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http://journals.plos.org/plosone/article?id=10.1371/journal.pone.0210640PLOS
http://www.ncbi.nlm.nih.gov/pmc/articles/PMC6328205PMC
October 2019

The Strong Heart Water Study: Informing and designing a multi-level intervention to reduce arsenic exposure among private well users in Great Plains Indian Nations.

Sci Total Environ 2019 Feb 18;650(Pt 2):3120-3133. Epub 2018 Sep 18.

Department of International Health, Bloomberg School of Public Health, Johns Hopkins University, 615 N. Wolfe Street, Baltimore, MD 21205, USA. Electronic address:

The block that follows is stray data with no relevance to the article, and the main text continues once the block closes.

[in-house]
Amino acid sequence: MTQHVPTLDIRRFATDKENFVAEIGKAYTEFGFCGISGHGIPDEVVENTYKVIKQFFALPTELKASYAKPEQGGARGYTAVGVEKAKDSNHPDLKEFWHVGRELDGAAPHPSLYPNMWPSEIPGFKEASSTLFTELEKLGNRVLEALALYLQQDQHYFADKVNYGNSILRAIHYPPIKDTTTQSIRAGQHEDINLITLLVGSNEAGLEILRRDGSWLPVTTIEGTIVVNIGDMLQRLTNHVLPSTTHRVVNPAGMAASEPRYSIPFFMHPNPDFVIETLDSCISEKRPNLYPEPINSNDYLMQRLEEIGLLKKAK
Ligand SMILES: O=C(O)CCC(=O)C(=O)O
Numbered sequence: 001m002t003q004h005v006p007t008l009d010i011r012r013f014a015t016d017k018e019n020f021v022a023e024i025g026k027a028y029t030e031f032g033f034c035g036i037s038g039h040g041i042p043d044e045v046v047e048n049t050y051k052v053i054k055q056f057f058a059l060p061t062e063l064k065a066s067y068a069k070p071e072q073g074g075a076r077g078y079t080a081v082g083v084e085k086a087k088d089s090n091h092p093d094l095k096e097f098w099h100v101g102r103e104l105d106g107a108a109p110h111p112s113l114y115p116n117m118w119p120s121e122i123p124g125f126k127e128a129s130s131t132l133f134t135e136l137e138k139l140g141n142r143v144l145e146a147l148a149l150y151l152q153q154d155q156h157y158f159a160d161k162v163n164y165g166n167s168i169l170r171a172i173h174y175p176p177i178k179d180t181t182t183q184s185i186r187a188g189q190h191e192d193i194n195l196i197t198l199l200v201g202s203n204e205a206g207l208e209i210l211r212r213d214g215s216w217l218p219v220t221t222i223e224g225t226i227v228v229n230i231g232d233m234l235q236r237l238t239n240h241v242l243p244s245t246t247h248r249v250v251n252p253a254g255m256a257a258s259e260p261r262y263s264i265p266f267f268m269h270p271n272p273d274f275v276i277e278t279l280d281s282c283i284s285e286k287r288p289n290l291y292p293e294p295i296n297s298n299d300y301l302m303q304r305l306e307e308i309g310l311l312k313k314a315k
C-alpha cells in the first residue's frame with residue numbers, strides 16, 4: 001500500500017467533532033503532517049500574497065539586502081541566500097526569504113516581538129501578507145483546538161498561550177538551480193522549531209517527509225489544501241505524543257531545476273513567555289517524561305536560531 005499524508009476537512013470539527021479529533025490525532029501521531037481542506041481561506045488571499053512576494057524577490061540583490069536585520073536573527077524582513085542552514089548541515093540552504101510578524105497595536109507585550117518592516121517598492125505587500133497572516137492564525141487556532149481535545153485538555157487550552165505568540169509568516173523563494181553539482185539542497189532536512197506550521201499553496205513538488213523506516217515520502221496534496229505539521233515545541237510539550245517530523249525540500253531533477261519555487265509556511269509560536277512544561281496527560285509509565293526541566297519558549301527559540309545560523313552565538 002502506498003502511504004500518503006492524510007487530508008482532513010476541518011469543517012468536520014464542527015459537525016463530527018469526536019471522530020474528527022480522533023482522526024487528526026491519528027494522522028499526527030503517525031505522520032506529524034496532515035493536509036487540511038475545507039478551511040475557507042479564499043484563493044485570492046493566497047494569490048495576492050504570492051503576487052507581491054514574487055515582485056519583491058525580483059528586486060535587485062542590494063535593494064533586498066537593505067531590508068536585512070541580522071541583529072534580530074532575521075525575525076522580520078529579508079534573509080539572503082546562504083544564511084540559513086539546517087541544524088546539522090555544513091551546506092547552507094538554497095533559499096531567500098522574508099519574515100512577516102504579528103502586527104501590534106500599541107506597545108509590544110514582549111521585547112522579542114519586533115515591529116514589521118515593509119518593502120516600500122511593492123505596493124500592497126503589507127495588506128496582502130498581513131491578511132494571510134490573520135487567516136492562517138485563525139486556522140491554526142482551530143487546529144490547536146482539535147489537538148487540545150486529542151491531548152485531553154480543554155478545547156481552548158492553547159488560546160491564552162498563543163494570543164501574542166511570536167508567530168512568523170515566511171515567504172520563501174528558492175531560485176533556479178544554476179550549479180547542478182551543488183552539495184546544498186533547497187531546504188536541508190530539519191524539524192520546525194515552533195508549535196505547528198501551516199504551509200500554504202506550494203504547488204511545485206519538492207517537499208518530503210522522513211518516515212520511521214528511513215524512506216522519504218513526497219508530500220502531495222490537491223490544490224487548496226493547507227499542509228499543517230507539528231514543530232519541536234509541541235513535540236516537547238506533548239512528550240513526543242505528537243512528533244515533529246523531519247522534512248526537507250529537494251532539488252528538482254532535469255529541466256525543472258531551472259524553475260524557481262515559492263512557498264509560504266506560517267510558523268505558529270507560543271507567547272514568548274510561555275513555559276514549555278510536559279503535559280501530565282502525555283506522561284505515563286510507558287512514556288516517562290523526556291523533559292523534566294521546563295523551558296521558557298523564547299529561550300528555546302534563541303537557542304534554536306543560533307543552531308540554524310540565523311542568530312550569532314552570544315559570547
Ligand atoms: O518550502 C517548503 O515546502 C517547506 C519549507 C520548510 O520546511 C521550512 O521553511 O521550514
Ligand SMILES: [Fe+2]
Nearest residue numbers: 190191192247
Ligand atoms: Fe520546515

Elevated arsenic exposure from drinking water is associated with an increased risk of cardiovascular disease, diabetes, kidney disease, and skin, lung, and bladder cancer. Arsenic contamination in groundwater supplies disproportionately affects rural populations using private wells. Arsenic mitigation programs for American Indian communities are limited. There is an urgent need for targeted approaches to reduce arsenic exposure for at-risk communities using private wells. Formative research was conducted to inform and design a community-based arsenic mitigation intervention for Lakota and Dakota Nations in the Great Plains Area of the United States, where, in some communities, one-quarter of private wells are estimated to have elevated arsenic. Formative research included semi-structured interviews, a community workshop, intervention-planning workshops, and a pilot study of the developed intervention. Community members prioritize aesthetic qualities of water (e.g. taste, color), safety, and other situational factors (e.g. cost) when considering their drinking and cooking water. Although water safety is a concern, awareness and concern for arsenic vary substantially within communities. To reduce arsenic exposure, community members recommended communication of water test results, home visits for intervention delivery, and reminders to use arsenic-safe water. Findings informed the development of an intervention to prevent arsenic exposure through drinking water and cooking, including health promotion messages and household items to facilitate use of an arsenic removal device (e.g. tankards to store filtered water). The pilot study indicated promising acceptability and operability of the developed intervention. This research provides a model for the development of environmental health interventions in partnership with American Indian and other private well-using communities.